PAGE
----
I'm wondering what is the maximum number of USB devices the Linux kernel can manage? Does this depend on the root-Hub or something else, too?

Is there a way to increase this maximum number?

I need to do this, because I've ran into problems while trying to write to a large amount of USB sticks. To do this, I have a setup as follows:

There is 1 computer running Ubuntu Linux, with 3 (active) HUBs attached to 3 USB ports of this machine. All of those three HUBs are 7 port HUBs. To 6 of those 7 ports, more HUBs are attached. This gives me the number of 3 * 6 = 18 HUBs in the "second" layer. Each of these HUBs is an active 7 port HUB, too. There is a USB stick attached to every port of those second layer HUBs. In total I have 126 USB Sticks connected to the computer.

I have a script that searches for all USB disk devices (through listing /dev/disk/by-path/ ). Each of the USB disk devices is then first partitioned, written to using cp and then made bootable using syslinux. This is NOT done in parallel!

The problem: I only get 105 USB disk devices using

ls -la /dev/disk/by-path | grep usb | grep -v part | wc -l

The LEDs of the sticks in 3 rows (one row corresponds to one HUB in the second layer) are off, too.

How do I get all of those sticks to work? (Or possibly even more?)

  • 6
    Are the hubs powered (as in, with their own power adapters, not just through the USB connection)? If not, you're probably just running out of power over your USB connection. Dec 23, 2011 at 17:49
  • Yes, all of the HUBs are powered. Dec 23, 2011 at 18:33
  • Have you moved the hub which is not powering the sticks? It may be defective. Try it directly in a port on the box.
    – CharlieRB
    Dec 23, 2011 at 18:56
  • Does the missing number of devices in /dev/disk correspond exactly to the unlit sticks?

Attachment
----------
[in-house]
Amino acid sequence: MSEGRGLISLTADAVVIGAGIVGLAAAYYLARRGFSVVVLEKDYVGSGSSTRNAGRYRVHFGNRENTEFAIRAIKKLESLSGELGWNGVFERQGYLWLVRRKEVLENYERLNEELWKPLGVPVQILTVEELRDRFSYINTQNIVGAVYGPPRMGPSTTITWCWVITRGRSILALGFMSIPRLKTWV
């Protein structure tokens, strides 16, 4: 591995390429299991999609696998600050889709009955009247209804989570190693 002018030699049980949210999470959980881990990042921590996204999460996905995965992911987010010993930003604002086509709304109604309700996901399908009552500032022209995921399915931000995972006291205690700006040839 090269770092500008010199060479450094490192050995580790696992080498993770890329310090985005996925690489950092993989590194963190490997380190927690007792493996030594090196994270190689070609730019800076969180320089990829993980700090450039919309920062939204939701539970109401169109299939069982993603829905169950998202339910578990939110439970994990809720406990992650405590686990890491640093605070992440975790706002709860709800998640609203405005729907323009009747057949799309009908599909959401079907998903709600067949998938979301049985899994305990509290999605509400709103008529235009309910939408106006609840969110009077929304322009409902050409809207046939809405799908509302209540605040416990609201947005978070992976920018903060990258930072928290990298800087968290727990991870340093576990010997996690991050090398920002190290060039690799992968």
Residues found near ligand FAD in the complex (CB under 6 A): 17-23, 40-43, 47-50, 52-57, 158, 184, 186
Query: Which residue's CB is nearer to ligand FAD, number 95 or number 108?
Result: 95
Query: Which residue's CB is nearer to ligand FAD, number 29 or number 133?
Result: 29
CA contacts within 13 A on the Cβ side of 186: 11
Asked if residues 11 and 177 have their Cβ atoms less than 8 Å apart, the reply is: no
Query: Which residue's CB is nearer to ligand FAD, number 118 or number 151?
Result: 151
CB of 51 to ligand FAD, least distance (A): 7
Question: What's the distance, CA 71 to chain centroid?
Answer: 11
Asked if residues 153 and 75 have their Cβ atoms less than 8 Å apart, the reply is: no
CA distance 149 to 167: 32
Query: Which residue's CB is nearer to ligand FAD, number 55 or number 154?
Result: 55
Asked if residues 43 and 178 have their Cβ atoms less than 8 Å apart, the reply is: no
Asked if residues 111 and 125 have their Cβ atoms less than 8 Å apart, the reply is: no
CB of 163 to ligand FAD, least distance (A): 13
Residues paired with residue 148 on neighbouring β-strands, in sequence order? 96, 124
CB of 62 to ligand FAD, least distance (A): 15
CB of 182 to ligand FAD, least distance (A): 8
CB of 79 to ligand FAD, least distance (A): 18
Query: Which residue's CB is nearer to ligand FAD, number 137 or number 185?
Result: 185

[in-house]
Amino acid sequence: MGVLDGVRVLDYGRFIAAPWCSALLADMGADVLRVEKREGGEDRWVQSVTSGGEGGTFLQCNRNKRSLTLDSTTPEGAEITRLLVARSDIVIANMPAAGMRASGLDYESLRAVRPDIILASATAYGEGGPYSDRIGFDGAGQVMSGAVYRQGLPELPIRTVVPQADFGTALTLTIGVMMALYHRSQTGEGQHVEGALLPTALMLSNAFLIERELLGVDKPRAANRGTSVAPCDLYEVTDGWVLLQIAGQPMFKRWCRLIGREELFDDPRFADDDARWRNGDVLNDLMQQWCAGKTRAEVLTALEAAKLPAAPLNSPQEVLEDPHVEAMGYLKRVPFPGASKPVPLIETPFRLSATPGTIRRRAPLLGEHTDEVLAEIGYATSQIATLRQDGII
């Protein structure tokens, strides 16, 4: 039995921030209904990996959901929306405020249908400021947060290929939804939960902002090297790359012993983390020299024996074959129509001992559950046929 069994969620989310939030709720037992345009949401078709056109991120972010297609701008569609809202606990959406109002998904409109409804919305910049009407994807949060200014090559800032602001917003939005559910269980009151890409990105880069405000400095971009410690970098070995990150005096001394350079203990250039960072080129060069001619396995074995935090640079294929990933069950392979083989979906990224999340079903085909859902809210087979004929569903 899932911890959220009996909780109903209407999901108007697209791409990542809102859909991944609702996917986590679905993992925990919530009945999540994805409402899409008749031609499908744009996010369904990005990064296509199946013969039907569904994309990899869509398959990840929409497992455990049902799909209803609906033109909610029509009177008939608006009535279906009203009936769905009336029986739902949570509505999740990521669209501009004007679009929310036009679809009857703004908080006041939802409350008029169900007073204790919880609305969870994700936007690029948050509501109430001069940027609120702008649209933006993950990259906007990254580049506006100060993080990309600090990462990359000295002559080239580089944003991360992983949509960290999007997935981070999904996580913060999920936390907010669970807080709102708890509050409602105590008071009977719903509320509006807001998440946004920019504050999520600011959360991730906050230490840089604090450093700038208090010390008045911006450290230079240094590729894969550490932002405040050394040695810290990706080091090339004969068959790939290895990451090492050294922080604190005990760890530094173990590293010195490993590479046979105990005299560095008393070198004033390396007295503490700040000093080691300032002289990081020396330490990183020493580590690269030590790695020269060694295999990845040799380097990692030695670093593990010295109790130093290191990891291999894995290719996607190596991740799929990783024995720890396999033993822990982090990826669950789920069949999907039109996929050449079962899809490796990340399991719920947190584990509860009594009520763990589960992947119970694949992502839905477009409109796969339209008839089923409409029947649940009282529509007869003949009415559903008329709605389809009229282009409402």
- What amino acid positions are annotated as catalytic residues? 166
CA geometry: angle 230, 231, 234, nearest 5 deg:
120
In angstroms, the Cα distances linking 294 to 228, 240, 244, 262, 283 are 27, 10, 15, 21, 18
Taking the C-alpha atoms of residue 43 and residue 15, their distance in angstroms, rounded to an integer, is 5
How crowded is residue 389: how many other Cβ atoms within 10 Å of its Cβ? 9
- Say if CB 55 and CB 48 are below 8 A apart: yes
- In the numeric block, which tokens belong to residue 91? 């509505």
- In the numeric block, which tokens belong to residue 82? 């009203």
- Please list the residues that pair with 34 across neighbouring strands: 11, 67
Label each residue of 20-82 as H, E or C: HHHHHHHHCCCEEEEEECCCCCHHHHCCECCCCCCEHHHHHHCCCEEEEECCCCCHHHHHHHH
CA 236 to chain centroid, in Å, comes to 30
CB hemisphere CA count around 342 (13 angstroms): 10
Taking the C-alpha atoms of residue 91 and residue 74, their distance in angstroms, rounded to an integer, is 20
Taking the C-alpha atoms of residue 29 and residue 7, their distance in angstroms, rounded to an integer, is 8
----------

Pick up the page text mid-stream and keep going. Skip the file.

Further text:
– Paul
    Dec 23, 2011 at 21:49
  • @Paul: Yes, the number of missing sticks (21) does exactly correspond to the number of unlit sticks. Dec 23, 2011 at 23:50

1 Answer 1


It's by standard as explained here: https://en.wikipedia.org/wiki/USB_device#System_design

You can't have more than 127 devices (hub inclusive) connected to a single host controller.

Now: the host controller+3 hub (1st layer)+18 hub (2nd layer) = 22 devices that DON'T appear as disk devices.

127 minus these 22 USB devices = 105 devices that can be managed by the kernel as disks.

127 devices is a hard limit of the USB protocol (see here: http://www.beyondlogic.org/usbnutshell/usb3.shtml#USBProtocols) because the ADDR address field is seven bit long.

So by software there is no way to increase it. Maybe you can try with more than a host controller interface, or change topology by reducing the number of hubs (thus increasing the number of disks seen by the system).

  • Perhaps you can temporary disable some devices, allowing other to be plugged in, meaning that you can work with 105 disks at a time. But I don't know how to unplug and replug usb devices via software. Jan 16, 2012 at 13:03
  • Is that 127 devices globally for the host? Seems like the controller itself would form part of the addressing, i.e. the card or chip with the usb ports connected. Jul 17, 2016 at 15:45

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